Abstract 2434: Contractility Augmentation Induced by Refractory Period Stimulation Depends upon Pacing-Site and Diminishes Over Time
Purpose: Refractory period stimulation (RPS) is proposed as a novel, clinically useful method to improve left (LV) and right ventricular (RV) contractility and might be attributed to local para-vascular sympathetic nerve stimulation. We hypothesize that during RPS contractility is largest during proximal (nerve) stimulation, is related to noradrenaline (NA) release and accompanied by disturbed relaxation.
Methods: RPS was delivered with unipolar, epicardial leads on 3 locations (proximal (p), median (m) and distal (d)) along LAD, LCX, and RCA in open thorax, healthy canines (n=7). RPS consisted of 3 pulses (amplitude 8V, width 1.6 ms) at 40 ms interval, delivered ~40 ms after the R-wave. LV/RV pressures were measured. +dP/dt was used to quantify contractility and −dP/dt used to quantify relaxation. Each site was stimulated for 2 min followed by 5-min baseline. During prolonged RPS-delivery (60 min with 30 min recovery), coronary sinus NA was also measured.
Results: The highest increase in LV+dP/dt was achieved during LADp stimulation (14±7% (mean±sem) increase vs baseline) and lowest during LADd stimulation (9±2%). Delivering RPS along the different LCX locations displayed similar increases in +dP/dt (LCXp; 6%±2%, LCXm; 8±2%, LCXd; 7±2%), but significantly less than the LAD-locations, thus pointing toward a nonuniform sympathetic nerve distribution in the LV wall. RPS at the 3 RCA sites had no effect on LV+dP/dt but greatly enhanced RV+dP/dt (RCAp; 21±6%, RCAm; 22±5%,RCAd; 15±5%, respectively), indicating the localized effect of RPS application. The degree of improvement in LV+dP/dt when using the LAD or LCX was accompanied by similar degree of impairment of LV relaxation (eg for LADp −dP/dt decreased by11±7%). During prolonged RPS delivery, the contractility augmentation significantly decreased from 12±5% to 6±2%. This was accompanied by a similar drop in NA-release into the coronary sinus from 1.08±0.38 to 0.47±0.06 nmol/l (baseline 0.24±0.07 nmol/l).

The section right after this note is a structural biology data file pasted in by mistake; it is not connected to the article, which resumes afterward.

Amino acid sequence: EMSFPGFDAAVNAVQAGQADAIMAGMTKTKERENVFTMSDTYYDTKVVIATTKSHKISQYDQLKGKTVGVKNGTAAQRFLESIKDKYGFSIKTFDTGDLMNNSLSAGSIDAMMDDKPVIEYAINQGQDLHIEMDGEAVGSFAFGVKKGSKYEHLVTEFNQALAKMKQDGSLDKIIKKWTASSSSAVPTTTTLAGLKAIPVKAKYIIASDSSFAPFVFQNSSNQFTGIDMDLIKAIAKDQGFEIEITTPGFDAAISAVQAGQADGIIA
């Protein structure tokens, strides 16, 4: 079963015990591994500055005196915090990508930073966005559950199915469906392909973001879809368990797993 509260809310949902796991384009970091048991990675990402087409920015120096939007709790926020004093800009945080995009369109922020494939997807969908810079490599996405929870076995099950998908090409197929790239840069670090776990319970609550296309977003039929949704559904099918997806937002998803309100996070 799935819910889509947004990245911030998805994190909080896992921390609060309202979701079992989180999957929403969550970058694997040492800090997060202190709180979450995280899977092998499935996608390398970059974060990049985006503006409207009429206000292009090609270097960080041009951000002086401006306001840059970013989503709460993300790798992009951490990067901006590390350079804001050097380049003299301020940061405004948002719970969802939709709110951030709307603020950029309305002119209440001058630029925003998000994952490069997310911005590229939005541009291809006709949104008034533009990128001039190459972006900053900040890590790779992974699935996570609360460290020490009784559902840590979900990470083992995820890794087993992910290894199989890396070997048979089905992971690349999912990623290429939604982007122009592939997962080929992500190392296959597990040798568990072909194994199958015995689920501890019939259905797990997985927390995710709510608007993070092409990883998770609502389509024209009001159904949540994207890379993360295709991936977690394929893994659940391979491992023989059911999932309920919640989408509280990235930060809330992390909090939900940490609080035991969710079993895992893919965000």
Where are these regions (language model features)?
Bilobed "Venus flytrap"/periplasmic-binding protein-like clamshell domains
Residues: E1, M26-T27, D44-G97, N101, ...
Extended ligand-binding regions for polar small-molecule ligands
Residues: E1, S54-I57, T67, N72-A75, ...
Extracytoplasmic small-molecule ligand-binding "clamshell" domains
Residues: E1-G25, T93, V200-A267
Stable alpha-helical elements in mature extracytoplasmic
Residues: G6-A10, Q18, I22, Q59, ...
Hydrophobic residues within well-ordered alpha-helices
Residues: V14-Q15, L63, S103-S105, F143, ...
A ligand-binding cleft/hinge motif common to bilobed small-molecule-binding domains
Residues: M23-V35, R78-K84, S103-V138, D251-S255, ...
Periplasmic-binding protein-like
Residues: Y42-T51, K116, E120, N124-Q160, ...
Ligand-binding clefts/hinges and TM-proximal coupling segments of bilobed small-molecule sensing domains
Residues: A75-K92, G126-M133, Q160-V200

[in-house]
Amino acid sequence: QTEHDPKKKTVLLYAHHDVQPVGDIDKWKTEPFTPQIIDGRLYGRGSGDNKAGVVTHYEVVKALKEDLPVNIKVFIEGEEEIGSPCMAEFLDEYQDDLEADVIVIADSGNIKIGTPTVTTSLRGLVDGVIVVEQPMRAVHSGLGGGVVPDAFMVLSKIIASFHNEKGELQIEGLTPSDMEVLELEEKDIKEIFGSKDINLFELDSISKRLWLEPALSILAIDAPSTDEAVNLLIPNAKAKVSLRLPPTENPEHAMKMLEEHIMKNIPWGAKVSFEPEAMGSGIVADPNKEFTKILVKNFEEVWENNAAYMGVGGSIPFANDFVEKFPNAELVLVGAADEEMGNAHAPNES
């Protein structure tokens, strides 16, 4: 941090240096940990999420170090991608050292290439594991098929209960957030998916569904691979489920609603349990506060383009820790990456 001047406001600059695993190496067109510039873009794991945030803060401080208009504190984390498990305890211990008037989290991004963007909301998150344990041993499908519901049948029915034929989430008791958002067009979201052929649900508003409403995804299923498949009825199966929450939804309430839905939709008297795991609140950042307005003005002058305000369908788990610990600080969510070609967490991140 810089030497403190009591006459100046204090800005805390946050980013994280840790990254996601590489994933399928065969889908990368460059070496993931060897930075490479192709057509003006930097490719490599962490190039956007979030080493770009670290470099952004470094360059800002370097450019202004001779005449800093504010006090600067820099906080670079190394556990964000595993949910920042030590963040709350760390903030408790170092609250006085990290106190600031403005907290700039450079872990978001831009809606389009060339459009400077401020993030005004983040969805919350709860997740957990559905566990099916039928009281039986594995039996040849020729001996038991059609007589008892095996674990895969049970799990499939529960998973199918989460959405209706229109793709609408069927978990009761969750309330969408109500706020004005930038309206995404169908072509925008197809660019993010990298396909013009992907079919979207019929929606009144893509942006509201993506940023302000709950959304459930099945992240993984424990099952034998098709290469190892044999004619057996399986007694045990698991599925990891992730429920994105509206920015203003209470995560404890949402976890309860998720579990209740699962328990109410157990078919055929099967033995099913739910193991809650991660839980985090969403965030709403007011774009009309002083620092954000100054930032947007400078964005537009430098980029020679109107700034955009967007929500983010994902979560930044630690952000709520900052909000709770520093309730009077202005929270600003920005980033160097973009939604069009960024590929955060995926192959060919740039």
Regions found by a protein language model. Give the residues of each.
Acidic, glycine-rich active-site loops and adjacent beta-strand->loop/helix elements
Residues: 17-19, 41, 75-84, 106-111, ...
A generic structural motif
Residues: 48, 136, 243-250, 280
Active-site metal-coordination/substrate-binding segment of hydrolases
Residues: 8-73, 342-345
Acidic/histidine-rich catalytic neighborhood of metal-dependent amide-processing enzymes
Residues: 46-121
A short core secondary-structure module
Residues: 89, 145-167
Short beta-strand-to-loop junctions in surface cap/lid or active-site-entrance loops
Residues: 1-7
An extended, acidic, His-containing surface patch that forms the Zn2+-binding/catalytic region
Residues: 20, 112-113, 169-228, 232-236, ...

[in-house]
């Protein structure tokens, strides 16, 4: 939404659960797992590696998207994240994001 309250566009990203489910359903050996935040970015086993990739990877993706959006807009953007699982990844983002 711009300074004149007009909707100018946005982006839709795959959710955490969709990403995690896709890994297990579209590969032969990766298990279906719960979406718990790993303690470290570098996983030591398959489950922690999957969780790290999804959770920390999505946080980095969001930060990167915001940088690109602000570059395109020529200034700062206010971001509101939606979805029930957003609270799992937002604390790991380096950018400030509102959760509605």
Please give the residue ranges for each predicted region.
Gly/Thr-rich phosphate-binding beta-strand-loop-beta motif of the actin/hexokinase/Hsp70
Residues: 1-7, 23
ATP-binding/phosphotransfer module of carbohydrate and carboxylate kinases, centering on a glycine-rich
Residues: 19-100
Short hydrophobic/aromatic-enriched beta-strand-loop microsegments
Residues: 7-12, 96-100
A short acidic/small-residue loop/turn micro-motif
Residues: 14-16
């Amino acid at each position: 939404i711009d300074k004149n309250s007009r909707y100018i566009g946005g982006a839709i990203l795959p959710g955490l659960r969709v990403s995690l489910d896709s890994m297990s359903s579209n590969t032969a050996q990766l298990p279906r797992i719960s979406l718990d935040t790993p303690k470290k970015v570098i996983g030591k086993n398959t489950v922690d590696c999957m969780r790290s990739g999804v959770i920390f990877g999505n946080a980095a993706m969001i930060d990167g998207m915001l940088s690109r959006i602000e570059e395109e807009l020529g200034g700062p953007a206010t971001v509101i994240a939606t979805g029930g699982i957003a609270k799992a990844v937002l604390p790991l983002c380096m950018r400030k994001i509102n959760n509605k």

Conclusion: RPS-induced increase in myocardial contractility depends on the ventricular localization, diminishes over time and most likely involves noradrenalin release from nerve endings. The depression in relaxation is presumably due to regional differences in adrenergic stimulation.